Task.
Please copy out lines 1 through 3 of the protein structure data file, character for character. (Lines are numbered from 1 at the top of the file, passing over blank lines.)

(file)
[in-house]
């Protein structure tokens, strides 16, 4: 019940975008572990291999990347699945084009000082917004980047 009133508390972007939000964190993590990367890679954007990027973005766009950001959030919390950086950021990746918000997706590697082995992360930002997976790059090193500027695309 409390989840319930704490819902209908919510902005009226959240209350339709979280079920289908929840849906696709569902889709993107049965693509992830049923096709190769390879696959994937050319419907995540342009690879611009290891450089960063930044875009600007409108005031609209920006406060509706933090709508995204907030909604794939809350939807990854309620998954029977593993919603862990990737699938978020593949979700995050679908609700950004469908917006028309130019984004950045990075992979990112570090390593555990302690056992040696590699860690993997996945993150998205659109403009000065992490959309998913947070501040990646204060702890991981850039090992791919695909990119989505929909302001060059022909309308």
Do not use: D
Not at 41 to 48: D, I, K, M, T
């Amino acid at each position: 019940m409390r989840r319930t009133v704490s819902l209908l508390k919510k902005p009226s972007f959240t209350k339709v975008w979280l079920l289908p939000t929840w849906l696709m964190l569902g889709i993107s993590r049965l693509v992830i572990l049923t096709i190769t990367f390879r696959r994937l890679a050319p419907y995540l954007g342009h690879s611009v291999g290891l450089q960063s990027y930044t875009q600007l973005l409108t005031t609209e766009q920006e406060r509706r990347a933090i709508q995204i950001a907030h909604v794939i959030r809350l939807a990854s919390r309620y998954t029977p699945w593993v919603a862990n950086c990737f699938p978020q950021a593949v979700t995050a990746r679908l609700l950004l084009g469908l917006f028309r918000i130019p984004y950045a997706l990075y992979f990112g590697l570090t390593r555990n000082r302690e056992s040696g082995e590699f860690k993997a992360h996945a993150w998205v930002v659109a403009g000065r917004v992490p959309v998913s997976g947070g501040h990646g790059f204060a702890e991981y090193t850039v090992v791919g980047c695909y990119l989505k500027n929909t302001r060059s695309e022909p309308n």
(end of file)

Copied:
[in-house]
């Protein structure tokens, strides 16, 4: 019940975008572990291999990347699945084009000082917004980047 009133508390972007939000964190993590990367890679954007990027973005766009950001959030919390950086950021990746918000997706590697082995992360930002997976790059090193500027695309 409390989840319930704490819902209908919510902005009226959240209350339709979280079920289908929840849906696709569902889709993107049965693509992830049923096709190769390879696959994937050319419907995540342009690879611009290891450089960063930044875009600007409108005031609209920006406060509706933090709508995204907030909604794939809350939807990854309620998954029977593993919603862990990737699938978020593949979700995050679908609700950004469908917006028309130019984004950045990075992979990112570090390593555990302690056992040696590699860690993997996945993150998205659109403009000065992490959309998913947070501040990646204060702890991981850039090992791919695909990119989505929909302001060059022909309308």
Do not use: D